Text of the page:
Postprint version. Published in Journal of Market Focused Management, Volume 2, Issue 3, September 1, 1998, pages 241-255. Copyright 1998 Springer. The definitive version can be found online at http://dx.doi.org/10.1023/A:1009703717144.
NOTE: At the time of publication, the author Brian Tietje was not yet affiliated with Cal Poly.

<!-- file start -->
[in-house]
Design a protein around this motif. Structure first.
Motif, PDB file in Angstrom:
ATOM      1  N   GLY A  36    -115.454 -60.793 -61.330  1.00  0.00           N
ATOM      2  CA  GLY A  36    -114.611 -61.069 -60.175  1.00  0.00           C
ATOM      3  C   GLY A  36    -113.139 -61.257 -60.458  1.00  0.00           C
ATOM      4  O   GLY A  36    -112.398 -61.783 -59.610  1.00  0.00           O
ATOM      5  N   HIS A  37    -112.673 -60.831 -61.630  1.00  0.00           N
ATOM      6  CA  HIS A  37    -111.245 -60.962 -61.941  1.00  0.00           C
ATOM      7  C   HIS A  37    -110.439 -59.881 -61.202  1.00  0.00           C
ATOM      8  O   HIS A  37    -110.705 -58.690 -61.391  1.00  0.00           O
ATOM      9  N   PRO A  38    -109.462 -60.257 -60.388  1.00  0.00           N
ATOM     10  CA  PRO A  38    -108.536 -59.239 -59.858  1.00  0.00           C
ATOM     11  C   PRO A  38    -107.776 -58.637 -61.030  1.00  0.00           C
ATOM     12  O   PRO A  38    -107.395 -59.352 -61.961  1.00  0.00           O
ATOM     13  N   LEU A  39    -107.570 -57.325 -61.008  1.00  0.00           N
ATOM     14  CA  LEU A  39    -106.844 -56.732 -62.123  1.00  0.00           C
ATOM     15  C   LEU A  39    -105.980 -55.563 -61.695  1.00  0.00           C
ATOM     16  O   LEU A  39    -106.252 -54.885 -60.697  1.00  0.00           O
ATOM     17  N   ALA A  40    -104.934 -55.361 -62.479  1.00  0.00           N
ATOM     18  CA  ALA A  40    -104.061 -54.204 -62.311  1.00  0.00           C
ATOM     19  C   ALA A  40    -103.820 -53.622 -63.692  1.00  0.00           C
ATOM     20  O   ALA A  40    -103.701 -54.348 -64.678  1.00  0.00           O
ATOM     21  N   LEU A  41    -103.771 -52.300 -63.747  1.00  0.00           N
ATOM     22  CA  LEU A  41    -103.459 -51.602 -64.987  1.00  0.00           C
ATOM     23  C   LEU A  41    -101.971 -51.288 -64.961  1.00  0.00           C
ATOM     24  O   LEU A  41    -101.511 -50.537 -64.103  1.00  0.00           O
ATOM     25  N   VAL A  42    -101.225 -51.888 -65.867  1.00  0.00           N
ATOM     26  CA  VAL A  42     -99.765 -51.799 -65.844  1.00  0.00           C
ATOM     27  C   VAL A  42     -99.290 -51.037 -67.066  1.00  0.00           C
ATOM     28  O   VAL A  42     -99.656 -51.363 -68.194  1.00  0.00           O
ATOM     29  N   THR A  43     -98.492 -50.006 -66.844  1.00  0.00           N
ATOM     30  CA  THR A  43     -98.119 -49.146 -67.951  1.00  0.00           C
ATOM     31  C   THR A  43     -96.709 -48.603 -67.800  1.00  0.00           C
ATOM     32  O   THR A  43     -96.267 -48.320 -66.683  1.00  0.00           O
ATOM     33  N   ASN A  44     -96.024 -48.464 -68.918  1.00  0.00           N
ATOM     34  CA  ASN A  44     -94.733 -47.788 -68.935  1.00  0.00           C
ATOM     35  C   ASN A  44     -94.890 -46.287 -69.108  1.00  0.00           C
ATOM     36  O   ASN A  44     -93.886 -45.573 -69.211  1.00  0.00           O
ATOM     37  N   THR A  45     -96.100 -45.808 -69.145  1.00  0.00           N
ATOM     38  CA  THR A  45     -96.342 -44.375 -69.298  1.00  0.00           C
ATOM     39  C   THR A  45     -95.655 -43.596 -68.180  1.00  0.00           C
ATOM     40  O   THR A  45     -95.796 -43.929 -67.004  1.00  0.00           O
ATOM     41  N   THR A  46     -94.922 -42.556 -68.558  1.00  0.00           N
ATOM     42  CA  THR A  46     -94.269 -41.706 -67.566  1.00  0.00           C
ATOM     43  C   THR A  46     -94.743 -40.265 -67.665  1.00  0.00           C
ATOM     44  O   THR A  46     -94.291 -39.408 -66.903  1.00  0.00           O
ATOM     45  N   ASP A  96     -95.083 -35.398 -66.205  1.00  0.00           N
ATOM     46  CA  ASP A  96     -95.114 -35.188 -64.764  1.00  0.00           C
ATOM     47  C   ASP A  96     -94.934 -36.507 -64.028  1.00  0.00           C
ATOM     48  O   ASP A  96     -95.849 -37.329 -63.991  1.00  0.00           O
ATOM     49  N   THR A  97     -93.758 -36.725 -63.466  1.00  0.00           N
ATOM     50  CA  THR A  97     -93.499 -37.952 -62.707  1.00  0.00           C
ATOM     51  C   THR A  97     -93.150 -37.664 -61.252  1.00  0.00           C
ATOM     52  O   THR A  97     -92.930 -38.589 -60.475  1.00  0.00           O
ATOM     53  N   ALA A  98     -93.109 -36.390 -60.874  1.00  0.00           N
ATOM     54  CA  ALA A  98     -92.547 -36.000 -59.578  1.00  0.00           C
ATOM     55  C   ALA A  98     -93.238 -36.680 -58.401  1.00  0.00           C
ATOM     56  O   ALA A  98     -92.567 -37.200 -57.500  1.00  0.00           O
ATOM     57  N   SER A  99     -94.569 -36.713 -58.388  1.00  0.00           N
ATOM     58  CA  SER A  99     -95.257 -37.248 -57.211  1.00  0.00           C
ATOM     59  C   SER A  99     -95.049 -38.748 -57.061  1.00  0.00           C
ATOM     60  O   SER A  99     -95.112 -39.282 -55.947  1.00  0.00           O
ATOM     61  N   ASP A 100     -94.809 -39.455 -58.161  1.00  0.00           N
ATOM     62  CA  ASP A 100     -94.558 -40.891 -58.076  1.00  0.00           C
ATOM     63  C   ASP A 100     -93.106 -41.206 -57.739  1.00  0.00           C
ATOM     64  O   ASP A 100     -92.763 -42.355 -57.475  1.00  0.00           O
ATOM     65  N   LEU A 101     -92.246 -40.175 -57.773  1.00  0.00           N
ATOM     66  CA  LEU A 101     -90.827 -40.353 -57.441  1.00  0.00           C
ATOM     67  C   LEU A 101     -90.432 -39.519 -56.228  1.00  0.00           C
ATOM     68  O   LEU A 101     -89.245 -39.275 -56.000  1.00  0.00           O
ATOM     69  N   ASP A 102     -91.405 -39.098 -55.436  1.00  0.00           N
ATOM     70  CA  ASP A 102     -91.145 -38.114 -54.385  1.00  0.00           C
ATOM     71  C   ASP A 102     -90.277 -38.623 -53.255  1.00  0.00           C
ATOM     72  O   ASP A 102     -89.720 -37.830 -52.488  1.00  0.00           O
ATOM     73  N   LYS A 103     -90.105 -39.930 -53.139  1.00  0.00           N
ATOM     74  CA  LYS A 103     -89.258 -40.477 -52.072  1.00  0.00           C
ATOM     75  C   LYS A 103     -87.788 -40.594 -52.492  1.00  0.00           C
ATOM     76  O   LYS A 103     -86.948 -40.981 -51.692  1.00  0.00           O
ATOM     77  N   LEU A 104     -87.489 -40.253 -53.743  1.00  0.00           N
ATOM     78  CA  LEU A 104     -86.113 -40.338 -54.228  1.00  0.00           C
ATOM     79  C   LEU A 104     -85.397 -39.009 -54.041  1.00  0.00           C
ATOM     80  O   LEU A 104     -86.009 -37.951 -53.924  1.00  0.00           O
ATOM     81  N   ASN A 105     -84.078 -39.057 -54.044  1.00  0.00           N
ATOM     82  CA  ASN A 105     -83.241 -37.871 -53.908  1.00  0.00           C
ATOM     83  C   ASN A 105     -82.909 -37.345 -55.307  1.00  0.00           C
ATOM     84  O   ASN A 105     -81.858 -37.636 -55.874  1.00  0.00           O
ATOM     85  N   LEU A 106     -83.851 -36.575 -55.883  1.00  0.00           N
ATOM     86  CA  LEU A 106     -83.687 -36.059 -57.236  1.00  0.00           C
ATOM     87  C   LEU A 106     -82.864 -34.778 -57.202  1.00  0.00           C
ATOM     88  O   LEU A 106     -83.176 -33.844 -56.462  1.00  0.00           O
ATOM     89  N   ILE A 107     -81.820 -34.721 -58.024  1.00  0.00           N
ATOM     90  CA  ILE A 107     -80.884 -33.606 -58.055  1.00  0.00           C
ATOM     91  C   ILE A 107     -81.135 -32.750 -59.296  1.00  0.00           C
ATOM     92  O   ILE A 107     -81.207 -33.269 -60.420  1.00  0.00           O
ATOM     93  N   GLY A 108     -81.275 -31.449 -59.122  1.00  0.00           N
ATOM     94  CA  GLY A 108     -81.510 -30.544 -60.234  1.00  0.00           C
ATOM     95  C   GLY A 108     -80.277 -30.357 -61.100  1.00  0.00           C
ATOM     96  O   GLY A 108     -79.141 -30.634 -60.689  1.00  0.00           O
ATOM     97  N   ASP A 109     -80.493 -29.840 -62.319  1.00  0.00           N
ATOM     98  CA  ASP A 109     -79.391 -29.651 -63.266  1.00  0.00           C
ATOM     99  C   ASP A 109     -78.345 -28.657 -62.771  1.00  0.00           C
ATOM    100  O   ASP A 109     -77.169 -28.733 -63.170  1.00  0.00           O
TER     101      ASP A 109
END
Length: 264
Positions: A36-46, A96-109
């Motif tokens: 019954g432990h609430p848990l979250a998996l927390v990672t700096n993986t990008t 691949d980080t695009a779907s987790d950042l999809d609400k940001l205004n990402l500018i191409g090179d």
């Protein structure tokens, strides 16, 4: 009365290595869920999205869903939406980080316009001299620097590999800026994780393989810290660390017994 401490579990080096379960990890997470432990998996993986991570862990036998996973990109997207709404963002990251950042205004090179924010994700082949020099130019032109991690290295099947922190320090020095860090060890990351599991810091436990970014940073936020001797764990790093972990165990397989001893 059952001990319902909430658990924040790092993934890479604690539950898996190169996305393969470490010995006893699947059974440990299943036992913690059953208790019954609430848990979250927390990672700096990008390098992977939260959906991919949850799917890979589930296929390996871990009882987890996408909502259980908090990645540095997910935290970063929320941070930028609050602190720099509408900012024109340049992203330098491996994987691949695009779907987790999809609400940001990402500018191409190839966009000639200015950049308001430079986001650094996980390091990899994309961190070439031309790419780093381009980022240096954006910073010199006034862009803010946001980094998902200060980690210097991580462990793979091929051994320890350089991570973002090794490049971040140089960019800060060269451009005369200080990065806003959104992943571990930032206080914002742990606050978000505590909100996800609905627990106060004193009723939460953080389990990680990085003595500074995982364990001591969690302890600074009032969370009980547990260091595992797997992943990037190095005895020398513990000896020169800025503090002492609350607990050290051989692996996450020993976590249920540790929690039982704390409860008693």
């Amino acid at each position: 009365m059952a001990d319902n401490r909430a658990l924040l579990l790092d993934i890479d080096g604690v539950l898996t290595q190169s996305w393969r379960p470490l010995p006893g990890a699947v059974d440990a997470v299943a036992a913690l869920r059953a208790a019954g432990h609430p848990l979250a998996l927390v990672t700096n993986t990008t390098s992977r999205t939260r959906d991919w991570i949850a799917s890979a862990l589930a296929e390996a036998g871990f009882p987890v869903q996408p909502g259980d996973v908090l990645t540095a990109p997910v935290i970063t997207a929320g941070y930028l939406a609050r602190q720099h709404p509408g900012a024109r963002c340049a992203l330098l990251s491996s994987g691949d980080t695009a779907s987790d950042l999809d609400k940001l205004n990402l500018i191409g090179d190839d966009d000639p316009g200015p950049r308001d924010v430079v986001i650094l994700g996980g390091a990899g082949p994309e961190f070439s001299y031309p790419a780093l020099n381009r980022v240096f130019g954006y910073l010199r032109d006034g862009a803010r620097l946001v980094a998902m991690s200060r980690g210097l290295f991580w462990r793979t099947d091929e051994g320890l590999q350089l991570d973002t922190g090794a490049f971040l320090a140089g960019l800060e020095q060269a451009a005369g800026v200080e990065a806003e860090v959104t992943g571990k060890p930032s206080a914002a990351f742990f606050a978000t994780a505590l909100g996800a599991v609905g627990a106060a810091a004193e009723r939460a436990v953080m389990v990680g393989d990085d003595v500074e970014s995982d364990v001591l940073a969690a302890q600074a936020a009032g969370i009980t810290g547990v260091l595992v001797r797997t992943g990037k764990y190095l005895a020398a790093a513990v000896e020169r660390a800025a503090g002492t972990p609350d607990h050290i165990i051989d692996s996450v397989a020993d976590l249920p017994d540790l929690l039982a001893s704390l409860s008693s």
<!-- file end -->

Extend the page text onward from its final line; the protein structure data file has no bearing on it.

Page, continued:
A market orientation is a business culture in which all employees are committed to the continuous creation of superior value for customers. However, businesses report limited success in developing such a culture. One approach to create a market orientation, the approach taken by most businesses, is the “programmatic” approach, an a priori approach in which a business uses education programs and organizational changes to attempt to implant the desired norm of continuously creating superior value for customers. A second approach is the “market-back” approach, an experiential approach in which a business continuously learns from its day-to-day efforts to create and maintain superior value for customers and thereby continuously develops and adapts its customer-value skills, resources, and procedures. Theory suggests that both approaches contribute to increasing a market orientation. It also suggests that when the a priori education of the programmatic approach is sharply focused on providing a foundation for the experiential learning, the combined effect of the two learning strategies is the largest. The implication is that the two strategies must be tailored and managed as a coordinated joint strategy for creating a market orientation.